best,

 

......................john

 

Thanks John...

 

Yes- I know that modern, Soldner-style raku ware typically isn't used for anything functional. I'd think that the issues you'd encounter with a Japanese bowl (porosity, thermal transference) would be similar in a western-style raku vessel... assuming, of course, that there was nothing toxic in the glaze.

 

The main glaze on this piece is a copper carbonate-based crackle- copper carbonate at 3% added. I'd imagine that there'd be leaching. Still- my impression is that copper toxicity- while not something to be ignored- is probably not something that's going to be a major health risk if that mug gets used. Please correct me if I'm wrong.

 

The red glaze is from Duncan's envision line. As you're aware, it's pretty nigh impossible to get detailed information from their technical people about glaze specifics. The online specs emphasize that the whole line is food safe... but I know there are limits to how far you can trust claims like this.

 

On the whole, though, given that I laid out the issues to this guy and he seems content, I'm leaning towards proceeding with the sale. Certainly not married to that decision yet, though...


Not all who wander are lost

#16 Mark C.

Mark C.

    Advanced Member

  • Members
  • PipPipPip
  • 2,748 posts
  • LocationNear Arcata Ca-redwood rain forest

Posted 19 November 2013 - 04:10 AM

How about a food safe liner glaze so all the toxins are now not on the insde-a white or clear fluxing glaze up and over lip so all is well with drinking.

Mark


Mark Cortright
www.liscomhillpottery.com

#17 Kohaku

Kohaku

    Huffing cobalt over a Raku kiln

  • Members
  • PipPipPip
  • 327 posts
  • LocationMoscow, Idaho

Posted 19 November 2013 - 10:38 AM

How about a food safe liner glaze so all the toxins are now not on the insde-a white or clear fluxing glaze up and over lip so all is well with drinking.

Mark

 

The guy specifically asked for red on the handle and the interior. This was a customer who knew exactly what he wanted!


Not all who wander are lost

#18 Chris Campbell

Chris Campbell

    clay stained since 1988

  • Members
  • PipPipPip
  • 2,155 posts
  • LocationRaleigh, NC

Posted 19 November 2013 - 11:14 AM

Looking at the mugs tells me he is going to use them ... Who could resist? They are lovely.
I would pick up a sharpie and write something like "not food safe" on the bottom.
Some one down the line could fall in love the the mugs and use them daily having no idea how they were made.

Chris Campbell
Contemporary Fine Colored Porcelain
http://www.ccpottery.com/

https://www.facebook...88317932?ref=hl

TRY ...   FAIL ...  LEARN ...  REPEAT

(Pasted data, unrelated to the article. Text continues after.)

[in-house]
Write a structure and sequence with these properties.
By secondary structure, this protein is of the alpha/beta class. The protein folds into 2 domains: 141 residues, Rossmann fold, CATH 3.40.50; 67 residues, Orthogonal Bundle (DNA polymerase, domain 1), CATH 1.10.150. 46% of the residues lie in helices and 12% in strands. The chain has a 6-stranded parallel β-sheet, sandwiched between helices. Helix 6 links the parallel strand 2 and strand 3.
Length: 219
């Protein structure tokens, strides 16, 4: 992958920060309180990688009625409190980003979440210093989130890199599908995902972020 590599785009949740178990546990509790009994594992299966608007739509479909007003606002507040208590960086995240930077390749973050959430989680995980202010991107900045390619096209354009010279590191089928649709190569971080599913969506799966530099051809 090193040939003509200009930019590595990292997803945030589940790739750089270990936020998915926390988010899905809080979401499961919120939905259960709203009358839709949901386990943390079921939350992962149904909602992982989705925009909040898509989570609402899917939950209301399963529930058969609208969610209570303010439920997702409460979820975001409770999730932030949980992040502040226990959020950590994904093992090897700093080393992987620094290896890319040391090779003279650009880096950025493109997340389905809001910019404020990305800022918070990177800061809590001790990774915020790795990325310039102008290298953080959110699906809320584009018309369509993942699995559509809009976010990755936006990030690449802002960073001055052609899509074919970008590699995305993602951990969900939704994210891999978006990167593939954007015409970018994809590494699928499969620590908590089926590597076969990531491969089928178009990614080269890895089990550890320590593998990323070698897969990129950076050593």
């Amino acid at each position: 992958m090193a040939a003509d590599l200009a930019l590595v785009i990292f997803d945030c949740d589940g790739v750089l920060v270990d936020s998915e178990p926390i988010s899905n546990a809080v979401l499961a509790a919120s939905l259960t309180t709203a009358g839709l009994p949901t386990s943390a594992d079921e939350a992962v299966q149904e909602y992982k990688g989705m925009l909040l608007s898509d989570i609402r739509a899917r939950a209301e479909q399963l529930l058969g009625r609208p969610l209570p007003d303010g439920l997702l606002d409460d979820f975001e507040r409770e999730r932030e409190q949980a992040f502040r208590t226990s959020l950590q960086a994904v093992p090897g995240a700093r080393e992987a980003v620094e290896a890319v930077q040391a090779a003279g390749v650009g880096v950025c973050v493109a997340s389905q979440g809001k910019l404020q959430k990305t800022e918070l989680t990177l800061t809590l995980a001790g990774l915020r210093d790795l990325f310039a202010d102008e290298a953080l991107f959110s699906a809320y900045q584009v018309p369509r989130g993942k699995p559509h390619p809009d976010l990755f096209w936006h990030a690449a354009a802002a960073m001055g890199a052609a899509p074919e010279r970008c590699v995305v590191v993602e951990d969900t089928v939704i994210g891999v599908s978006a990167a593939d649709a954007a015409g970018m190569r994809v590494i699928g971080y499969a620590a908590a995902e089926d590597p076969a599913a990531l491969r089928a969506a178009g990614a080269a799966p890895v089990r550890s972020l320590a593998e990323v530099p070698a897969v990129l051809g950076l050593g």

#19 JBaymore

JBaymore

    Moderator

  • Moderators
  • 2,915 posts
  • LocationWilton, NH USA

Posted 19 November 2013 - 11:23 AM

I'd think that the issues you'd encounter with a Japanese bowl (porosity, thermal transference) would be similar in a western-style raku vessel... assuming, of course, that there was nothing toxic in the glaze.

 

Kohaku,

 

One of the key "values" of actual Raku ware to a chajin (tea person) is that aspect of the insulating thermal transference quailties you mention.  Another is the very light weight.  And yet anotehr is the clear fragility of the work (wabi-sabi coming into play). Another highly valued quality in Raku is not somehting that most people not really familiar with Chado are aware of; the sound the whisk makes in Raku wares.  Sound is a key component of tea ceremony (every sense is important).  Vitrified wares tend to make a harsher sound when the tea is whisked.

 

Japan is a different place.  They have a different legal system.  They value ceramics differently.  They value "tradition" (in some cases :rolleyes: ) diffetently.  True Japanese Raku ware is lead glazed.  To this day.  Laws in Japan tend make exceptions for "artisanal wares".....because they are important.  So technically the glazes on those pieces have some real "potential issues" by modern standards. 

 

BUT......... a Japanese Raku teabowl will be put to one use and one use only.  It will be used to serve matcha.  No one is going to "defile" it by doing anything else.  Raku chawan are "revered" objects.  Almost like a religious icon (but Chanoyu is NOT a religous ceremony, although Zen values permeate it).  And the real ones (Raku family and/or Ohi family) typically are absurdly expensive, although you certainly can find more mass produced ones that are much lower priced.